Abu Sayyaf, also known as the Islamic State - East Asia Province, is a jihadist separatist insurgency operating in the southern Philippine islands of Jolo, Mindanao, and Basilan. Abdurajak Abubakar Janjalani founded the group in 1989 to spread the Wahhabi doctrine and establish an independent Moro Province (1). Abu Sayyaf is notorious for its terrorist acts including bombings, kidnapping, assassinations, and extortion. Despite being based in the Philippines, Abu Sayyaf has managed to spread its influence on neighboring countries in Southeast Asia, living up to its name as the east Asian province of the Islamic State.
History & Foundations
The genesis of Abu Sayyaf can be traced all the way back to the 80s, when Moro National Liberation Front (MNLF) members fought against the Soviet Union in Afghanistan alongside the International Islamic Brigade. After the conflict with the Soviets ended, Abdurajak Abubakar Janjalani formed an unnamed group in 1988. In 1989, Janjalani named the group Mujahideen Commando Freedom Fighters (MCFF) while breaking away from MNLF in the process (2). However, the group was eventually renamed into 'Abu Sayyaf' as an homage to the Afghan resistance leader Abdul Rasul Sayyaf, meaning “Father of the Swordsman”.
Under his leadership, Janjalani aimed to make Abu Sayyaf an organized and hierarchical jihadist organization in the Southern Philipines. The plan was to have a military arm called Mujahideen Al-Sharifullah with three armed divisions to execute terrorist attacks (3). Those three groups consist of a demolition unit, a mobile force team, and a propaganda team (4). Though in the 90s Abu Sayyaf successfully carried out attacks, Janjalani’s plan never fully came to fruition due to his death. Janjalani’s death marks a turning point for Abu Sayyaf as the insurgency's members then shifted their methods from traditional bombings and attacks to kidnappings, murders, robberies, and drug dealing.
Despite the unanimous consensus that Abdurajak Janjalani founded Abu Sayyaf, the group’s genesis has been disputed by many. One of the theories that sprouted during the 90s was that the military allegedly formed Abu Sayyaf to infiltrate the group’s ranks, in order to act as a puppet for the Armed Forces of the Philipines (5). Other sources, nonetheless, allege that the National Intelligence Coordinating Agency (NICA) was the main source of Abu Sayyaf’s establishment with the support of the Central Intelligence Agency (CIA) (6). All institutions said to be involved in Abu Sayyaf's formation have denied all allegations.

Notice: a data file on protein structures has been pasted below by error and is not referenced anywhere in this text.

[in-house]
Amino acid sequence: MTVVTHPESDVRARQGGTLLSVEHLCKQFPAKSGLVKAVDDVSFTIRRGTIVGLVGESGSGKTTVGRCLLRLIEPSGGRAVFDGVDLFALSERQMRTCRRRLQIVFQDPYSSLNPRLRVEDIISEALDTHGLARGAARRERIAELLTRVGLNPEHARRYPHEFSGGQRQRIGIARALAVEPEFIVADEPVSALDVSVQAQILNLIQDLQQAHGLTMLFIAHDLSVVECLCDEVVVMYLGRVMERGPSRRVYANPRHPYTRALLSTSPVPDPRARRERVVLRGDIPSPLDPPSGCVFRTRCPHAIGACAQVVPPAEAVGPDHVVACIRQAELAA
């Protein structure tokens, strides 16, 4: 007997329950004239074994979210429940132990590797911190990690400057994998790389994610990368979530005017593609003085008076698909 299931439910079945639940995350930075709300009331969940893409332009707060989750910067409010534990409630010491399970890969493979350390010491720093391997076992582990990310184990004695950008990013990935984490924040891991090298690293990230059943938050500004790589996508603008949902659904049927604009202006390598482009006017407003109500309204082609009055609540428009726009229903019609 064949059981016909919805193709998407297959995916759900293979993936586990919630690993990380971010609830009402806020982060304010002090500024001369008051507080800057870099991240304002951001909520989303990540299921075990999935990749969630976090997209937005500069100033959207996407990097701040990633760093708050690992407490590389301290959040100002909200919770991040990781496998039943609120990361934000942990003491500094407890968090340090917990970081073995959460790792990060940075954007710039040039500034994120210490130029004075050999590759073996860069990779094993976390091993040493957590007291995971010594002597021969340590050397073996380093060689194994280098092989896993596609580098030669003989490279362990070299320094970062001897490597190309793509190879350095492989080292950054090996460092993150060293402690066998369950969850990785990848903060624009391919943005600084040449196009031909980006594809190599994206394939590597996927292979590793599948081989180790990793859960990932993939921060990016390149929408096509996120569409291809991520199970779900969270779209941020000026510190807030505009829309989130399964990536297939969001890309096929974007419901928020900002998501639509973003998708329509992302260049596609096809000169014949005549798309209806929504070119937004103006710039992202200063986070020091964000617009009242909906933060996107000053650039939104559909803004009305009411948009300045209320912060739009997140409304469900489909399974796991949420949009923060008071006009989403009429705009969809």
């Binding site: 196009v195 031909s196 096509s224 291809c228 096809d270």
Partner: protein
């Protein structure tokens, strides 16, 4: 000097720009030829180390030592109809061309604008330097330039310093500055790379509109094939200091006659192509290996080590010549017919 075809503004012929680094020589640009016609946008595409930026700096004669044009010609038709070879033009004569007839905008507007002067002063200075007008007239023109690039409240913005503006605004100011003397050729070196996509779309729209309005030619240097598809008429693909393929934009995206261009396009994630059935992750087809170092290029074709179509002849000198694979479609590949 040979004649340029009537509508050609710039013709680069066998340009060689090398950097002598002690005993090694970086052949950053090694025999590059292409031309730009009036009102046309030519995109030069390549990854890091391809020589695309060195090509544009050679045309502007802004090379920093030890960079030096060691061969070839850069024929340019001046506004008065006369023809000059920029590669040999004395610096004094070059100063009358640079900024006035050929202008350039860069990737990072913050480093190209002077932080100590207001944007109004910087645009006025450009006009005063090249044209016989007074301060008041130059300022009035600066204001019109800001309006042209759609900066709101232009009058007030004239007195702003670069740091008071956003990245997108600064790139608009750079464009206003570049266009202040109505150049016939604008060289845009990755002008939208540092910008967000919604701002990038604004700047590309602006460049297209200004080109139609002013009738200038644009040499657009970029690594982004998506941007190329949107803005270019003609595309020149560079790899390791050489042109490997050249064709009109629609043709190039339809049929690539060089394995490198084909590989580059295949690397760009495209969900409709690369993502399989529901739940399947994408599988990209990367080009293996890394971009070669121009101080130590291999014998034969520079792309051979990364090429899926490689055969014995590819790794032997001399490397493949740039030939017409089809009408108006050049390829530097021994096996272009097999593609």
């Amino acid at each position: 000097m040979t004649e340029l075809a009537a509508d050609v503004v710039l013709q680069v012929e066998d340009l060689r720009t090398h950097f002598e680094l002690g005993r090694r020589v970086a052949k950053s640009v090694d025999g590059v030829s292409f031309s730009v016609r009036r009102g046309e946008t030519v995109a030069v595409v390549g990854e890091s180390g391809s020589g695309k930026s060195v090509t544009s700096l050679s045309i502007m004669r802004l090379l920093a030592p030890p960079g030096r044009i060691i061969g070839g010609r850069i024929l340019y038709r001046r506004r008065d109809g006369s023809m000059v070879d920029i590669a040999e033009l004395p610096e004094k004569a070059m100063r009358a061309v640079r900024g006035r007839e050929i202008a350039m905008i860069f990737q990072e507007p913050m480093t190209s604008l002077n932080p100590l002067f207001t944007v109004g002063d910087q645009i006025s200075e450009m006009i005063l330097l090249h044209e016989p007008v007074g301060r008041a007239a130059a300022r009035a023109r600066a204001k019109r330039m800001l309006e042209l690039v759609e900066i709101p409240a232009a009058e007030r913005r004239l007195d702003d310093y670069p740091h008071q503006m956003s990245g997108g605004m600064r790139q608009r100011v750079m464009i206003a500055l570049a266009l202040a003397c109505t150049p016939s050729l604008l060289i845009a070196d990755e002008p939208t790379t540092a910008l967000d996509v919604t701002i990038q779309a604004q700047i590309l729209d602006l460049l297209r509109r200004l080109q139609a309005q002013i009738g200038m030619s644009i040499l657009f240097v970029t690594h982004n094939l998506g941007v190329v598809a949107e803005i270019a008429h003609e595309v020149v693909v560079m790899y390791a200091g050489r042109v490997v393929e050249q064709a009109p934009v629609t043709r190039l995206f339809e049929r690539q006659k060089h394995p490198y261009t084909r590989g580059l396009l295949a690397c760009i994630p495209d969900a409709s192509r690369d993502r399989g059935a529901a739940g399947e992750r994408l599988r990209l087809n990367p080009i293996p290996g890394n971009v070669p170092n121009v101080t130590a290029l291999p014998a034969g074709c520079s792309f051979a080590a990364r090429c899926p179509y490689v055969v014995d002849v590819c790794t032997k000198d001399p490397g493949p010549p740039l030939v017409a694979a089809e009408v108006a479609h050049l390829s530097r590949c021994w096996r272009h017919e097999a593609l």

Objectives & Ideology
During the leadership of Abdurajak Janjalani, Abu Sayyaf focused on establishing an independent Moro Province while spreading Wahhabism in the process. Though still maintaining its religious ideology, the group experienced a shift in methods and goals after the death of Abdurajik Janjalani. When his brother Khadaffy Janjalani took over the reins, Abu Sayyaf started implementing tactics such as kidnappings and ransoms, signaling that their goals were more focused on financial profit (7). With this presumed shift in motivation, in the 21st century, Abu Sayyaf has been portrayed more as a criminal organization rather than an insurgency with political motives.
In 2014, the group published a video pledging its allegiance to the Islamic State and its leader Abu Bakr al-Baghdadi (8). They have officially established themselves as the East Asia province of the Islamic State.
Military Abilities & Approach to Resistance
Abu Sayyaf is considered to be one of the most violent terrorist organizations in Southeast Asia. Their tactics include bombings, kidnappings, drive-by shootings, and even drug trafficking. In regard to recruitment, the group utilizes money, fame, and protection against other ethnic groups as its primary recruiting tool (9).
During the leadership of Abdurajik Janjalani, the group regularly organized large-scale attacks and bombings. Most notably in 1995, Janjalani led Abu Sayyaf into the Ipil Massacre. Abu Sayyaf militants arrived in the municipality of Ipil on the 4th of April 1995 by boat and bus and, once they arrived, around 200 gunmen open fired on locals, strafed residential areas, robbed banks, held 30 people hostage, and burned the city center to the ground (10). The militants fled to the mountains, pursued by military commandos while looting farms and using civilians as human shields (11). In the aftermath, more than 100 people were killed, including the Ipil Police chief, and around one billion pesos were looted from eight banks (12).
Abu Sayyaf is also responsible for one of the worst terrorist attacks in the Philipines, having bombed the MV Superferry 14 in 2004 after it was perpetrated by a suicide bomber, killing 116 people including children (13). The attack was a form of protest against what the group perceived as the discrimination of Muslim communities in the Philippines.